Coronavirus Disease 2019 (COVID-19)

Coronavirus Disease 2019 (COVID-19)2022-11-07T20:54:12+00:00

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Current Gallatin County Community Level

People may choose to mask at any time. People with symptoms, a positive test, or exposure to someone with COVID-19 should wear a mask.

For more information, visit the state dashboard. Please note, the MT DPHHS has moved to weekly updates for their dashboard, and will update each Friday.

At all levels, individuals may choose to wear a mask based on  their own individual risk assessment and personal preference.

Please note, the following information HAS NOT CHANGED with the new CDC guidance:

  • COVID-19 community levels do not change the guidance for healthcare settings, such as hospitals and nursing homes. Instead, healthcare settings should continue to use levels of community transmission and follow CDC’s infection prevention and control recommendations for healthcare workers.
  • Isolation and quarantine guidelines have also not changed. If you are COVID-19 positive or a close contact to someone who is, be sure to isolate and/or quarantine to prevent the virus from spreading to others.
  • Continue to practice good health safety and hygiene protocols. It is still recommended to stay home when you are sick, test if you show symptoms of COVID-19 (and report your results), wash your hands frequently, continue to social distance, and wear a mask when social distance is not possible.

Community Levels FAQ:

With increasing levels of vaccination and high levels of population immunity from both vaccination and infections, the CDC notes that the risk of medically significant disease, hospitalization, and death from COVID-19 is now greatly reduced for most people. At the same time, some people and communities, such as the elderly, people who are immunocompromised, and people with disabilities, are at higher risk for serious illness and face challenging decisions navigating a world with COVID-19.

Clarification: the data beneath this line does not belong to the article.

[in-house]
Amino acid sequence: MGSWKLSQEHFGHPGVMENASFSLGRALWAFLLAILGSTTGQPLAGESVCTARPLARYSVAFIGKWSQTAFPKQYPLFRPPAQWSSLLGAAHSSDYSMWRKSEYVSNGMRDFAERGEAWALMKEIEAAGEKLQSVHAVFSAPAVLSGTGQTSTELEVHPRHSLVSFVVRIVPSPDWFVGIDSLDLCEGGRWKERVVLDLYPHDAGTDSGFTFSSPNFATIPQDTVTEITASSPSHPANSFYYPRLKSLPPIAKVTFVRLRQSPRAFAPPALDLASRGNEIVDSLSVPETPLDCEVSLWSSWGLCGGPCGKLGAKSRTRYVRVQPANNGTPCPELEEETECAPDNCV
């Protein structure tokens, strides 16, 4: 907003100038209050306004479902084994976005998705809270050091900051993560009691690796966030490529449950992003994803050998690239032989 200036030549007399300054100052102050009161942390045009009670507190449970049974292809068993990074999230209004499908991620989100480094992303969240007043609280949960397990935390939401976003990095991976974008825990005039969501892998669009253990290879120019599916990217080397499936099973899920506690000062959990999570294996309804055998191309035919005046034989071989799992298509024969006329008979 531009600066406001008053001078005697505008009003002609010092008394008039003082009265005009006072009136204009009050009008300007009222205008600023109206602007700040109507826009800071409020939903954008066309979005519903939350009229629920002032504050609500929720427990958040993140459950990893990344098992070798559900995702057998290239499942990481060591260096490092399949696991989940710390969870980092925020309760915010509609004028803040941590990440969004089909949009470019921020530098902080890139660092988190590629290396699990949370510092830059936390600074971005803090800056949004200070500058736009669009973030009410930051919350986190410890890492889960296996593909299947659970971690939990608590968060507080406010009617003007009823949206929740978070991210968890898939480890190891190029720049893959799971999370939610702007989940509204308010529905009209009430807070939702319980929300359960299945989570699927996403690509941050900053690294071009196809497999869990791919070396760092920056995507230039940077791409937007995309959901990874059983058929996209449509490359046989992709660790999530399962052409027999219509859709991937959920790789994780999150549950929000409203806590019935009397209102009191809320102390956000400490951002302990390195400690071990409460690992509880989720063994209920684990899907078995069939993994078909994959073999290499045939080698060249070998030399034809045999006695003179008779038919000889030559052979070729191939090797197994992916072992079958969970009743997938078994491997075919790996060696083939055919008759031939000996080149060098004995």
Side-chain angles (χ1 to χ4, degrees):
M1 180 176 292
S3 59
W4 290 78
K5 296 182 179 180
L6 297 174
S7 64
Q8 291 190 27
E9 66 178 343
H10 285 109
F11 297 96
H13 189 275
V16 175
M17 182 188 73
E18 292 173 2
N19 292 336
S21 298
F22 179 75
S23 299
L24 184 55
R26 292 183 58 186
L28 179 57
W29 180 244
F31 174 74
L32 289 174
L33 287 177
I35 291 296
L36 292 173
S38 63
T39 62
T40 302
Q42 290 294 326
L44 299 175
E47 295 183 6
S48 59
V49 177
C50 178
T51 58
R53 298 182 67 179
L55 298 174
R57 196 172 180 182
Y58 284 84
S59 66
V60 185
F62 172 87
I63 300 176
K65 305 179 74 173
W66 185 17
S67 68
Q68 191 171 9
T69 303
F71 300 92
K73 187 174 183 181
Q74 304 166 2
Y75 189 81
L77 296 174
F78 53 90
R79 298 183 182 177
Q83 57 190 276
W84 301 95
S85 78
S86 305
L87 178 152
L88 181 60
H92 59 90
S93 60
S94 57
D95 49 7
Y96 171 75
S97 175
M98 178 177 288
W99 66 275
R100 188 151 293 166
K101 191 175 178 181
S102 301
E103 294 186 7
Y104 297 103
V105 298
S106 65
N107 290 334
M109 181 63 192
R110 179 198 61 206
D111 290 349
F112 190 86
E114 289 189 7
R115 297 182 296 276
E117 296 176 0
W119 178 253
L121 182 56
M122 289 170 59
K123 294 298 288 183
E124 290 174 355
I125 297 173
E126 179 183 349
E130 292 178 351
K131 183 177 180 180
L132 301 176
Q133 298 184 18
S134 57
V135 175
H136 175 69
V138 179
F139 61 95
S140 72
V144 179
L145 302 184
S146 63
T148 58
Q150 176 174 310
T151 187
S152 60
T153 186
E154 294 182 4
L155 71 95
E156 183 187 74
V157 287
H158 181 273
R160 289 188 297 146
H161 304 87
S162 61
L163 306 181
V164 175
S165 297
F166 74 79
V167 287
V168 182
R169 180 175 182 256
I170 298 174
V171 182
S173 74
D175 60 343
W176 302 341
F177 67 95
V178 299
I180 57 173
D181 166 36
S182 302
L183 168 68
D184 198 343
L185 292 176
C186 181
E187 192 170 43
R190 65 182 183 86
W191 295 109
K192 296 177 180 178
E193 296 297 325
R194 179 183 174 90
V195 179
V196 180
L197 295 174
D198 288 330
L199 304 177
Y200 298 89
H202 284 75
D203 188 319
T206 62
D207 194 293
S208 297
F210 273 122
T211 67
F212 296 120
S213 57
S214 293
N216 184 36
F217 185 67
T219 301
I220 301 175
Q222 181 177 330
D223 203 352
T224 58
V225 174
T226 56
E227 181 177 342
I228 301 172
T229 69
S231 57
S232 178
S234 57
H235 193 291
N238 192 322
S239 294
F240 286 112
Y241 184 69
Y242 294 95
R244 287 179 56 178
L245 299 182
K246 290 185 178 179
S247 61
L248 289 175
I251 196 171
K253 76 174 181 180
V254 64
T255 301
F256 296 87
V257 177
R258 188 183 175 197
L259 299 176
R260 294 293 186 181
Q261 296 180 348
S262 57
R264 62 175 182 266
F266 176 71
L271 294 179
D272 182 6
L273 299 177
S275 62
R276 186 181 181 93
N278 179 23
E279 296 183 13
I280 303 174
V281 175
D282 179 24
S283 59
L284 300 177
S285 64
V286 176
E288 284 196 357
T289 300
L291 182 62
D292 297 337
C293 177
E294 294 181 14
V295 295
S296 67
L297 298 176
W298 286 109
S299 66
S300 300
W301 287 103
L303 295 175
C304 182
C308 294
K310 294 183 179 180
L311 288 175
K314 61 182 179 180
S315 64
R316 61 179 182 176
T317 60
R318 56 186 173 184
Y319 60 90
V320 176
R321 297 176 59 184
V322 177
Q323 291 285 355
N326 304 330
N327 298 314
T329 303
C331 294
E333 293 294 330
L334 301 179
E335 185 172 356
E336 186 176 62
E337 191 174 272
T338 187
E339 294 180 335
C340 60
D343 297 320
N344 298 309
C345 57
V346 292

Because of this, on February 25, 2022, the CDC announced a significant shift in the way they are tracking the virus. Healthcare settings like hospitals and assisted living facilities will still be tracking case numbers under the “transmission rate,” but the general community has been moved to a “community level” way of tracking cases through multiple metrics.

  • LOW – means there is limited impact on the local healthcare system and low levels of severe illness. When in LOW COMMUNITY LEVEL, you should:
    • Be sure to stay up-to-date with your COVID-19 vaccine.
    • Get tested if you have symptoms.
  • MEDIUM – means some impact on the healthcare system, and there are more people with severe illness. When in MEDIUM COMMUNITY LEVEL, you should:
    • Talk to your healthcare provider about whether you need to wear a mask and take other precautions if you are at high risk for severe illness.
    • Stay up-to-date with your COVID-19 vaccine.
    • Get tested if you have symptoms.